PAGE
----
Brad's Books and Organizations

Books

Books

Organizations

Organizations

Hi, I’m Brad Feld, a managing director at the Foundry Group who lives in Boulder, Colorado. I invest in software and Internet companies around the US, run marathons and read a lot.

« swipe left for tags/categories

swipe right to go back »

The Tension of Confidentiality

Comments (45)

I’m a huge believer in TAGFEE. But I also respect confidentiality. Every company approaches this differently and it’s important to recognize which context you are in. Following is an example from an email I got (on the all@ list) from a company I’m on the board of (and yes – I checked to make sure I could post this.)

You know what they say about flattery, right? That’s an idea worth keeping in mind when someone is talking to you about what we’re doing here at as friendly compliments and questions mask an effort to obtain confidential info.

We’ve talked as a group about this frequently, but it merits another mention because we’ve seen a marked increase in the number of people that have various approached members of the team with questions that quickly get to the heart of our core technology. They pay compliments, they smile, they flatter, etc., but they’re looking to understand details that should never be discussed with outsiders, even if there is a NDA in place. As is often the case with being at a hot tech company that’s pushing the envelope on various fronts, it’s a double-edged sword. We’re doing cool stuff and people love it, but some of the attention we can do without.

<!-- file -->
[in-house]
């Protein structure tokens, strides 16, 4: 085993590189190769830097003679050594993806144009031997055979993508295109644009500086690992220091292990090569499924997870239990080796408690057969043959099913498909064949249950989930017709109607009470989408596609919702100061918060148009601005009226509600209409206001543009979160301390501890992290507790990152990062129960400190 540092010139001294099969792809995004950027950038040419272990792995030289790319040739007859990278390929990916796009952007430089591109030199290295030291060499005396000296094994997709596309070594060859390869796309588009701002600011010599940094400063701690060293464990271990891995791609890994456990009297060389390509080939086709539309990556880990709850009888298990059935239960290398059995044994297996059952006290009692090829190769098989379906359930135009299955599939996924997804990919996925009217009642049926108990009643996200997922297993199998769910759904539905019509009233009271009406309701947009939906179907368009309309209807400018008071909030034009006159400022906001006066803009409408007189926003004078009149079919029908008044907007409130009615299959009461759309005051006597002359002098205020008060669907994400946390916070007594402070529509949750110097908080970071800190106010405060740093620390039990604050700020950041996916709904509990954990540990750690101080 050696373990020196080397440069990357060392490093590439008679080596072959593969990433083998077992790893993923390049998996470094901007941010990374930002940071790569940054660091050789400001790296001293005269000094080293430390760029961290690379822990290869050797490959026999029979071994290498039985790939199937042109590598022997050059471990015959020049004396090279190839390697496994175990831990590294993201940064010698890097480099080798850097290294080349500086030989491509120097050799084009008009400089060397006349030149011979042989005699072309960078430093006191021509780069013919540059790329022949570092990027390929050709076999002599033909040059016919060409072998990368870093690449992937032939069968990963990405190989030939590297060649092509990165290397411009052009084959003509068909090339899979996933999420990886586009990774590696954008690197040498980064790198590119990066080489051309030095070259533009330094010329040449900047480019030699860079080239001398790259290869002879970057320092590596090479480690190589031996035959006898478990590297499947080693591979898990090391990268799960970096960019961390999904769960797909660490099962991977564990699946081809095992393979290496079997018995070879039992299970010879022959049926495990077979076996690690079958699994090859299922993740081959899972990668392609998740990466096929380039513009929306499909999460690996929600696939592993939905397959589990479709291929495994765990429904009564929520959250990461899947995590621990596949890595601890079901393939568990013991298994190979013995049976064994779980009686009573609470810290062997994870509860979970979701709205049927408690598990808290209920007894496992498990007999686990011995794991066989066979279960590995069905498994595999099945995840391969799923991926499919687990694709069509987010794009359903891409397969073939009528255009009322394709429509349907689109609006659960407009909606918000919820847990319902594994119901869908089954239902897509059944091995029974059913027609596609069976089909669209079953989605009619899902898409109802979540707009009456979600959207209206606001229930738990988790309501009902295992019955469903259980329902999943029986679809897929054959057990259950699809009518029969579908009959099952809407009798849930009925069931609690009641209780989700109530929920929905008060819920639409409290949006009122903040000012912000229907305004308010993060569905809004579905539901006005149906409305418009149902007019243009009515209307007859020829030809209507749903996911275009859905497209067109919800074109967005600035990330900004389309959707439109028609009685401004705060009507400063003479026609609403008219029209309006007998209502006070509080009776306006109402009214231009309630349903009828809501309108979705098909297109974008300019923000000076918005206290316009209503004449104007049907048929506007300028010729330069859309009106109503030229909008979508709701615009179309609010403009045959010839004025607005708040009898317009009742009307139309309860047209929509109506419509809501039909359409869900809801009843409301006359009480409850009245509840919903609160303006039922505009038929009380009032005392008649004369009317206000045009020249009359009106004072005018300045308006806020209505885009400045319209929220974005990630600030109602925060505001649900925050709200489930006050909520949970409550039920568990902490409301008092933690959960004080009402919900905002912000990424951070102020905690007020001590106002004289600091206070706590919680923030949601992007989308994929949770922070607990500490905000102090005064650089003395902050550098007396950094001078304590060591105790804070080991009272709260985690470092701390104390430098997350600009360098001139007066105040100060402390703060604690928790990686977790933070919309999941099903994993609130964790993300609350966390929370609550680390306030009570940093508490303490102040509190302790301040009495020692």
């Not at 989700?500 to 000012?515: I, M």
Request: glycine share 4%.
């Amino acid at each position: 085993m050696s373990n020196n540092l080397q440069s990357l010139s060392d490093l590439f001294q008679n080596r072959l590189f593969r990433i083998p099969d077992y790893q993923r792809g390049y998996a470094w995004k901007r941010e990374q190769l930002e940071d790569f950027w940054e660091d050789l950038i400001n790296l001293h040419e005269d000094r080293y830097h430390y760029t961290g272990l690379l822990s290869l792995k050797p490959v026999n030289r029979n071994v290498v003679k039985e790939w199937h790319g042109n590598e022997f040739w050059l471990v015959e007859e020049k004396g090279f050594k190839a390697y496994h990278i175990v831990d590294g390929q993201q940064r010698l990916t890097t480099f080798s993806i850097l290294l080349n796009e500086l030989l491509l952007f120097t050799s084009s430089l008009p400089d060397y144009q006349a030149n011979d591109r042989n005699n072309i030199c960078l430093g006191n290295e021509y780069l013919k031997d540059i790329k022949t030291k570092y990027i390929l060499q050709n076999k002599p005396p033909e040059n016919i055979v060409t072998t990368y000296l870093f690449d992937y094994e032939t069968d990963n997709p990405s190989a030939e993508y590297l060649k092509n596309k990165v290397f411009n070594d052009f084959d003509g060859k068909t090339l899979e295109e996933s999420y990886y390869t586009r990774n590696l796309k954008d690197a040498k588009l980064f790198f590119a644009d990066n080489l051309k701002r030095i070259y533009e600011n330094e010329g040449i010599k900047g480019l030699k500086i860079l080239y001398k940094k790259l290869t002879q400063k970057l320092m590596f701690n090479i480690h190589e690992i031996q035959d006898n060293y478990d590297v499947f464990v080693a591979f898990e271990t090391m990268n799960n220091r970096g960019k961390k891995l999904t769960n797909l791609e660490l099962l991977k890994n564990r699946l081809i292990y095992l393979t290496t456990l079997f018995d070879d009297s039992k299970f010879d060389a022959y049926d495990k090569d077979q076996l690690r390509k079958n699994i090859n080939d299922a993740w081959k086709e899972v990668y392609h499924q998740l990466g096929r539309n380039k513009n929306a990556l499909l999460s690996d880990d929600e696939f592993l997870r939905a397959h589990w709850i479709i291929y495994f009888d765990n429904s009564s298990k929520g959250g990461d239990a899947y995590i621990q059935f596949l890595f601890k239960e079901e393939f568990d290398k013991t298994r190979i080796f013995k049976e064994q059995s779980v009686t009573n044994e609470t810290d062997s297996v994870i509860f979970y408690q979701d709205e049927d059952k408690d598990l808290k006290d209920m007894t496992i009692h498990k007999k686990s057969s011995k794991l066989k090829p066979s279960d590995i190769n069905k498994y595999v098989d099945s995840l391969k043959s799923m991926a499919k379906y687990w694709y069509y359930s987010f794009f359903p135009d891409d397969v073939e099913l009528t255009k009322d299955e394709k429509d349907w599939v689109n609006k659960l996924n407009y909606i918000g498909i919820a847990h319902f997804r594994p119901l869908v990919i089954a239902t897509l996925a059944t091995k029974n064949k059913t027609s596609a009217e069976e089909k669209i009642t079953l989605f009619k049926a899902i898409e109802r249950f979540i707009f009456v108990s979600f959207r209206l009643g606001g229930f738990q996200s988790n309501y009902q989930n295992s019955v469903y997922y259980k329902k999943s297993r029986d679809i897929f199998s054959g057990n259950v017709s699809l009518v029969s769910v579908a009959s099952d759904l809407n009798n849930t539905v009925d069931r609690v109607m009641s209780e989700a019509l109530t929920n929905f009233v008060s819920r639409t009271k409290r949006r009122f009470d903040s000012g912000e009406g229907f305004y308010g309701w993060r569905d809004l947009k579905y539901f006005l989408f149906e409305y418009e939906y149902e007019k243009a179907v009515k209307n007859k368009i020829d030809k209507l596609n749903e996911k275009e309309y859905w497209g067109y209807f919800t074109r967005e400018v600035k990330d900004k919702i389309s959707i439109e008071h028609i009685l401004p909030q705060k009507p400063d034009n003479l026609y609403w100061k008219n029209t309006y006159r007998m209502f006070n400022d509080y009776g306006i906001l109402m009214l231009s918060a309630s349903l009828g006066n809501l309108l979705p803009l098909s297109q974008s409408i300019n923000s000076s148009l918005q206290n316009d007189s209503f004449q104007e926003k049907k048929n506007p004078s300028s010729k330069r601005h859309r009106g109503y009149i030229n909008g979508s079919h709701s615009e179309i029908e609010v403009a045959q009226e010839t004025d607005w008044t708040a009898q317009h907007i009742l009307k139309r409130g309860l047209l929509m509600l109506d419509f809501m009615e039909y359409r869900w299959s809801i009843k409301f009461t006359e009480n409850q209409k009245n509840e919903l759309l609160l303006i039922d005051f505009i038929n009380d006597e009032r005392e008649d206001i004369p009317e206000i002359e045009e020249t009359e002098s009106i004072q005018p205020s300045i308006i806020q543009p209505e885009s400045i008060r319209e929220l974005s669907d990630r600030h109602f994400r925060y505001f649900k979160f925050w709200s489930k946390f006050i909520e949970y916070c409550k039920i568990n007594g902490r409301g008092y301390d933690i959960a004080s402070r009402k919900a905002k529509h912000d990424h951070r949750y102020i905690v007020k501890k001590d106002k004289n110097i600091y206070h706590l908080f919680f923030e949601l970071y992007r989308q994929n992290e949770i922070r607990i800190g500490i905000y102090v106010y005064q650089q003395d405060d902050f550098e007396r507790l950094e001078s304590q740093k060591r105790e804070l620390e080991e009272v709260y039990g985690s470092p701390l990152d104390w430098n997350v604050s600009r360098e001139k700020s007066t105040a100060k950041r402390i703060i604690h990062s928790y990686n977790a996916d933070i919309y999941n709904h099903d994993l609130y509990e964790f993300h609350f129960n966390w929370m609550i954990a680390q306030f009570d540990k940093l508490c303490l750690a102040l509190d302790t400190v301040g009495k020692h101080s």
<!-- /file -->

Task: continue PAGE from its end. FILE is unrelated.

So, another reminder–be wary and keep what we’re doing in house. If you’re in doubt about how to answer sensitive questions, it’s easy–don’t answer. Instead, ask for their contacts and forward them on to me.

I’m seeing this more and more from all directions. The most challenging are from VCs who have a competitive investment – it never surprises me how shameless some are about milking entrepreneurs about what they are up to when the VC has zero intention of investing. It’s also pervasive with journalists and tech bloggers who are always looking for a scoop and an angle. It’s always been something big tech companies do with startups in the guise of “business development”, but I’ve seen a few situations recently which clearly crossed a line of “wow – that wasn’t appropriate.”